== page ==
Full-day kindergarten canceled in Milford
MILFORD – Plans for a pilot full-day kindergarten program that was scheduled to start in September were canceled by the School Board on Monday night.
In a letter to parents, schools Superintendent Robert Marquis said only 21 children had been signed up as of July 17 and 32 had been expected. Twenty-one was not enough for the program to be self-supporting, he said.
“It was a very tough decision,” School Board Chairman Ron Carvell said by phone Tuesday. “I really wanted (full-day kindergarten), but it would have cost taxpayers money.”
The program was intended to pay for itself by charging $510 a month, with parents who could afford it bearing the extra costs for students who needed financial help.
Voters at the annual school meeting last March amended the warrant article authorizing full-day kindergarten to say “at no cost to taxpayers.”
Gov. Chris Sununu signed into law last week a bill that expands state funding for full-day kindergarten programs by an additional $1,100 per student, starting in 2019, adding to its standard per-student amount of $1,800.
The money will come from the newly legalized keno lottery, and if revenues exceed expectations, there could be more money coming from the state.
Carvell said that next year the board may take another look at expanding kindergarten based on what the state does.
Because Milford’s program was designed to be tuition-based and self-funding, the district wouldn’t have seen any of the additional state funding.
“It really depends on the state’s position and what we can afford,” Carvell said.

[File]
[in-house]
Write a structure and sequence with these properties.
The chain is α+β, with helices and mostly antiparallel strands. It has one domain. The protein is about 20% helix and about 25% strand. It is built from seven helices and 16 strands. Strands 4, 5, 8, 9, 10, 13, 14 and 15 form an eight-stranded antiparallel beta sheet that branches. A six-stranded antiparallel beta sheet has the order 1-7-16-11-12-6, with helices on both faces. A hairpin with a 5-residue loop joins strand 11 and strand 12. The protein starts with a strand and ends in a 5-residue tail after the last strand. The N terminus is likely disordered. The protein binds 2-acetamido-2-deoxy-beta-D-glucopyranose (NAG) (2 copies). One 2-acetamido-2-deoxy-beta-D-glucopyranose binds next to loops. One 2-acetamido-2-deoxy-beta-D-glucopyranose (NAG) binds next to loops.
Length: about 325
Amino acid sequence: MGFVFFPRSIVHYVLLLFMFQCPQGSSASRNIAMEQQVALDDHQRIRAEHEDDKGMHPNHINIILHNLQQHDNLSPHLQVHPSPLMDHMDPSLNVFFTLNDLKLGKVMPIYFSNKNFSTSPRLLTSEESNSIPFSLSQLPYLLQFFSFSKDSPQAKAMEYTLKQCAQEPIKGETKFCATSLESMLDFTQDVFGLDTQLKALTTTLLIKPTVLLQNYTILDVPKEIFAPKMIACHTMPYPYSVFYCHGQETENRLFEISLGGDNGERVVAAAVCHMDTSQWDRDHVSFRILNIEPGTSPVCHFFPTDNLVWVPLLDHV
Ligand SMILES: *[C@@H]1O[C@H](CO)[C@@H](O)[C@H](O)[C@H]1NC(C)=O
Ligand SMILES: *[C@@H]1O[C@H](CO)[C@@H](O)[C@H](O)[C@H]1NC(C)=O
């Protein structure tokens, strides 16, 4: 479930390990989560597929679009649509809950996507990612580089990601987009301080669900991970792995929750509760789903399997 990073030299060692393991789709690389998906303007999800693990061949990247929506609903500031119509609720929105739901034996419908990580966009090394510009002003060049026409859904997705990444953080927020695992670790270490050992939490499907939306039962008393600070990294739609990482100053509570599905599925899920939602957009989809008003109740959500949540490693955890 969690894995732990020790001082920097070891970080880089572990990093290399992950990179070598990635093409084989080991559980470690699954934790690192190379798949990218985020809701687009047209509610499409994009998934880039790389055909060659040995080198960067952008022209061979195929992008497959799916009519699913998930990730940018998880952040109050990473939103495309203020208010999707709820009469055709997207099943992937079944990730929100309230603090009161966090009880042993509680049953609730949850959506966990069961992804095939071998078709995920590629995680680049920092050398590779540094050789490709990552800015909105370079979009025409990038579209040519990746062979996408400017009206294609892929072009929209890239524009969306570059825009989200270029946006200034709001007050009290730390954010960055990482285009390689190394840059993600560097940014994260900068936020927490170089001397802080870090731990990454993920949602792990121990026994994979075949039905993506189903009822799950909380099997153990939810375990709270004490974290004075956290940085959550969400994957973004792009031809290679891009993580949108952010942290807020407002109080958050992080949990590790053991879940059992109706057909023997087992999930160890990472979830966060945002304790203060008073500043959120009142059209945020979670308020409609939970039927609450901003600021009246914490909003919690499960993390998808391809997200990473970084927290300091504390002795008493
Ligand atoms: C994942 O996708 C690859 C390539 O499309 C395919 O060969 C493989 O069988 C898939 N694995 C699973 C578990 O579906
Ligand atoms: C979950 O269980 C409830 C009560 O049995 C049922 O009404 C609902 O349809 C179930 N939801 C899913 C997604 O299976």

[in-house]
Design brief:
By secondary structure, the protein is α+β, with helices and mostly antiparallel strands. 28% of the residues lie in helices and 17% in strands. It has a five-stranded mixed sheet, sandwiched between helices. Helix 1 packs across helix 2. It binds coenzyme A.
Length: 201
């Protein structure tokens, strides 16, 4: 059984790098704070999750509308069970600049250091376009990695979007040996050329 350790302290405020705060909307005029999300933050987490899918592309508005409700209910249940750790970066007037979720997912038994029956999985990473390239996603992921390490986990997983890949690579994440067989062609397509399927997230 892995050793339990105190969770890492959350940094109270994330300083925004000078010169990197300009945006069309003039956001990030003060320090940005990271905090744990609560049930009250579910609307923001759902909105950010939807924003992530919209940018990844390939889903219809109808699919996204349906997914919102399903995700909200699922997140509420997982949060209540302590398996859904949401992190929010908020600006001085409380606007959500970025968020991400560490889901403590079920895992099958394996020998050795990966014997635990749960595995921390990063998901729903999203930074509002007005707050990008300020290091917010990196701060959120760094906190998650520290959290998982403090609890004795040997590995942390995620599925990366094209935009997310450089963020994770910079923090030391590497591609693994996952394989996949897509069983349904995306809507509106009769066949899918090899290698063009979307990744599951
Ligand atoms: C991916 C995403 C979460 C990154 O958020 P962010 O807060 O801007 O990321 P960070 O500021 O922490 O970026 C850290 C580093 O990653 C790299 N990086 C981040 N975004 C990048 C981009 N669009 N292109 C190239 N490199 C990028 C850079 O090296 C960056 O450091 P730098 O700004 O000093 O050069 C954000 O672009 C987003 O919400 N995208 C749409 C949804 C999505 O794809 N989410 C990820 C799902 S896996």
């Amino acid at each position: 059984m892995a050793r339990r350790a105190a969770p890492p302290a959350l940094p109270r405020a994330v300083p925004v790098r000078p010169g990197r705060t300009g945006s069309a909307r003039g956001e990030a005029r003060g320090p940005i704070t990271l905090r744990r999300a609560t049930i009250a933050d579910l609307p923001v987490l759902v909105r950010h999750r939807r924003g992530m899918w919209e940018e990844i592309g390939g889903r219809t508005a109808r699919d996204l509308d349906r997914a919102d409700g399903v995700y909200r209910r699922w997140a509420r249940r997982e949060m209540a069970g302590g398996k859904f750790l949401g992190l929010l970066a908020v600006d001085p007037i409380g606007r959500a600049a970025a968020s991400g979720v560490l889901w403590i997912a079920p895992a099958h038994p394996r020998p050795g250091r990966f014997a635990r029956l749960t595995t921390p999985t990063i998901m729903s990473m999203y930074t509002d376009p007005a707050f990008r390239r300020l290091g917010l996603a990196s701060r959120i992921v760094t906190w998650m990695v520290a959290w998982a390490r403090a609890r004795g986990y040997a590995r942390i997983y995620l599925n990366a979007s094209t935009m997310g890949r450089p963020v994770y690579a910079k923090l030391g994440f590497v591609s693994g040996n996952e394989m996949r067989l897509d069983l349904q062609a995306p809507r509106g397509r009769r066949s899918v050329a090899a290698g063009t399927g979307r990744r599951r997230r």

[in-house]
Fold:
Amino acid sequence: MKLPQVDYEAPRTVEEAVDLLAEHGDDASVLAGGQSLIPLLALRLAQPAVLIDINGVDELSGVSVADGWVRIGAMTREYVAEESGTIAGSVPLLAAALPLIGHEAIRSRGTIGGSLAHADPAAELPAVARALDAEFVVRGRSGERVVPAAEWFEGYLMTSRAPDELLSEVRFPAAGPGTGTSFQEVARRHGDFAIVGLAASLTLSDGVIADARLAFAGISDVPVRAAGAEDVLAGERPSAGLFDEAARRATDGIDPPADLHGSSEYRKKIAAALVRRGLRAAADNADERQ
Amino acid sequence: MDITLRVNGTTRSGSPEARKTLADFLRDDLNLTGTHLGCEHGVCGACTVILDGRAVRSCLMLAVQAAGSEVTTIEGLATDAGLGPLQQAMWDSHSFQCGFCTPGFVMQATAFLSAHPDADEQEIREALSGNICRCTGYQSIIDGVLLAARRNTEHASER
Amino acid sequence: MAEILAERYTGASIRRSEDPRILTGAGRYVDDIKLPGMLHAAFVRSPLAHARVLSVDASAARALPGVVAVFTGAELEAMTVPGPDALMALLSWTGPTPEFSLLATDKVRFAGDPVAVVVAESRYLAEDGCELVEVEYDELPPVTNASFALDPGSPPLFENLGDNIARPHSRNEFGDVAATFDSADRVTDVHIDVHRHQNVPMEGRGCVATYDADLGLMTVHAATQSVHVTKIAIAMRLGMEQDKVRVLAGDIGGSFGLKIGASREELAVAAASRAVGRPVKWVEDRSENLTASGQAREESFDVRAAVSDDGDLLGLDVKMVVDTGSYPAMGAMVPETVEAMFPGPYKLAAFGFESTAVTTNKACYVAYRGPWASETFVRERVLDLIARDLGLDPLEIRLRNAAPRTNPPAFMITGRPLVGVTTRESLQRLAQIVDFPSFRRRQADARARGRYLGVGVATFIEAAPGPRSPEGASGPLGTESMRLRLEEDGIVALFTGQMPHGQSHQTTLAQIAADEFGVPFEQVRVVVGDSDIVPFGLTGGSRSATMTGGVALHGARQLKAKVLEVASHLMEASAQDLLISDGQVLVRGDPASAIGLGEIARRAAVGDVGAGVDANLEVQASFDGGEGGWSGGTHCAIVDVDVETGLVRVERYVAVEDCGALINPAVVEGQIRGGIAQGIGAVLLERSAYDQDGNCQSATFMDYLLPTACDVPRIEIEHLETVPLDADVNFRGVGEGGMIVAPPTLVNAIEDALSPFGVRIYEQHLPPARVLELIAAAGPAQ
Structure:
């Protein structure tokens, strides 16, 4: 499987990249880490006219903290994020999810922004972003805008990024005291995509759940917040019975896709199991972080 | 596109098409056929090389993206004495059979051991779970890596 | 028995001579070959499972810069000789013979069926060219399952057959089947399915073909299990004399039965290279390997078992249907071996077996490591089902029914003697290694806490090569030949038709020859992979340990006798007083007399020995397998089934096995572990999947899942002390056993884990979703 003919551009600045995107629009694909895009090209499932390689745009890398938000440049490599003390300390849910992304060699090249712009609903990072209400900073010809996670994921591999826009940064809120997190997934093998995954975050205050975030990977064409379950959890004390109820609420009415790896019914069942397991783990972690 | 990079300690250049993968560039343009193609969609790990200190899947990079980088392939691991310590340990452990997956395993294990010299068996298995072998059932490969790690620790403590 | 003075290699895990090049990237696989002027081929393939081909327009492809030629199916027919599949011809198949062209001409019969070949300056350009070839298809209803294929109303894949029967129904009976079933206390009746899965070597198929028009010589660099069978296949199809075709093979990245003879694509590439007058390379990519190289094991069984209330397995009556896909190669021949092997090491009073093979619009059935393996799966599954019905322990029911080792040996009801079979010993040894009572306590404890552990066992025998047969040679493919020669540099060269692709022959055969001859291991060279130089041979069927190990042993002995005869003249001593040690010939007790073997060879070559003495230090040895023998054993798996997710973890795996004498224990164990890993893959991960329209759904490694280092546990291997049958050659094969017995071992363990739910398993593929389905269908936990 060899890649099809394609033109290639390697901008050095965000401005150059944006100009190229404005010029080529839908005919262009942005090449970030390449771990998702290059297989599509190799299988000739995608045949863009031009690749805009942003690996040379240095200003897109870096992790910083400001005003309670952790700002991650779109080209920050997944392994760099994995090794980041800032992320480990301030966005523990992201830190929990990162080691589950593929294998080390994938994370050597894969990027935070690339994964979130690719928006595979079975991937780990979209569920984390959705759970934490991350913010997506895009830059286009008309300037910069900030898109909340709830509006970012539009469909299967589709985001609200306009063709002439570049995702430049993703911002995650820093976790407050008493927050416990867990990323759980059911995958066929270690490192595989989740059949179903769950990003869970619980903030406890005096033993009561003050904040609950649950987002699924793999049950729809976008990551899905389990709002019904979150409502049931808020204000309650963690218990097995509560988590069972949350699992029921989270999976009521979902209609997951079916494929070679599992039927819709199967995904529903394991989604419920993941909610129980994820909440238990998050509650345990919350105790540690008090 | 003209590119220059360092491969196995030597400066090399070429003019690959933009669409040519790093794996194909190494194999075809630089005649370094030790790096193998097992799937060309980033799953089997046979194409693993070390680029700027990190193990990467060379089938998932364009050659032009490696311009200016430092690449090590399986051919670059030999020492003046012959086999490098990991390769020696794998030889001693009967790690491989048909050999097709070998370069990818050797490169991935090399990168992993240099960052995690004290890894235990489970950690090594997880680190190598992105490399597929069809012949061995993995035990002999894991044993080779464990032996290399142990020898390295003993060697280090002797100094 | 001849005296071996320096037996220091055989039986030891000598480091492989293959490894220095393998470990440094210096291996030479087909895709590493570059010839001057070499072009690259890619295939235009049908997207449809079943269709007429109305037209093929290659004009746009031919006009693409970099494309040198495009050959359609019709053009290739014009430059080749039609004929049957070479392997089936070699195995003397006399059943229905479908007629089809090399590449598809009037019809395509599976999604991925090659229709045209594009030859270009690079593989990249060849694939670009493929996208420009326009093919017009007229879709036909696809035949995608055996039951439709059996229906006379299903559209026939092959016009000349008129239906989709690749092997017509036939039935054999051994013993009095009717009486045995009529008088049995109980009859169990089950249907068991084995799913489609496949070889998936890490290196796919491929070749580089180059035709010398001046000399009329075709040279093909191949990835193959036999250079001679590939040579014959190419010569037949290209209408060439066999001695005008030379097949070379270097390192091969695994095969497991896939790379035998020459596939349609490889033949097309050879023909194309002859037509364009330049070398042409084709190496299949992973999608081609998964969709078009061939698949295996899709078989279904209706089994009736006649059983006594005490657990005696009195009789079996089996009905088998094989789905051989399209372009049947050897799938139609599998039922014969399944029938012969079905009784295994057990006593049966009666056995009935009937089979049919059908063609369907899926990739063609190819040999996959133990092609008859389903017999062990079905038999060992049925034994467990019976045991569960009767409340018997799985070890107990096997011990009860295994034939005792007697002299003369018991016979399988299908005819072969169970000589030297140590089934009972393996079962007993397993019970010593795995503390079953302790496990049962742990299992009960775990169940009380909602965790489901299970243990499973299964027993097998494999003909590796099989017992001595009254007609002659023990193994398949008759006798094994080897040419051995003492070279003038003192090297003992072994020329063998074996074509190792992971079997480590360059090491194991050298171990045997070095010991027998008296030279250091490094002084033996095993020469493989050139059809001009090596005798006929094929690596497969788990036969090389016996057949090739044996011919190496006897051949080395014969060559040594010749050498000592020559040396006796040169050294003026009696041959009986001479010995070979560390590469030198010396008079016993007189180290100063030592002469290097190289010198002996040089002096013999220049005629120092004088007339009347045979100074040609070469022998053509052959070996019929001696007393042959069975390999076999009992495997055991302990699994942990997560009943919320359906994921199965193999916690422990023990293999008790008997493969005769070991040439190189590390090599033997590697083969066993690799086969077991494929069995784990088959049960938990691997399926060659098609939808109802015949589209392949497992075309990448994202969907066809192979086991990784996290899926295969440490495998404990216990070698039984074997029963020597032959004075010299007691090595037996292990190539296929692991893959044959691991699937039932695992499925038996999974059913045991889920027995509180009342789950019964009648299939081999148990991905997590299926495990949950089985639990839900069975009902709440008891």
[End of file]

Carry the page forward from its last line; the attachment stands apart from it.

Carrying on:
Marquis, who strongly supports the idea of full-day kindergarten, said last week that the board tried to find a balance while looking at declining enrollments and already high taxes and decided not to put the additional burden of a full-day program on taxpayers.
“I am sincerely sorry to share this news,” Marquis said in his letter. “It was my hope and the hope of the School Board that this would have been a program that would have truly benefited students and families – and as a result would have been expanded in the following years.”
About 75 percent of New Hampshire communities offer full-day kindergarten, and the Wilton and Lyndeborough elementary schools might join them eventually. They offer half-day kindergarten programs.
Last week, Wilton-Lyndeborough Cooperative Superintendent Bryan Lane told the Monadnock Ledger that full-day kindergarten would be one of the district’s strategic planning priorities and the additional state funding would play into those talks.
Amherst started a full-day program in 2016, with funding coming from cuts in other parts of the school budget, and Mont Vernon Village School’s kindergarten program went from half-day to full-day in 2015.
Kathy Cleveland can be reached at 673-3100 or firstname.lastname@example.org.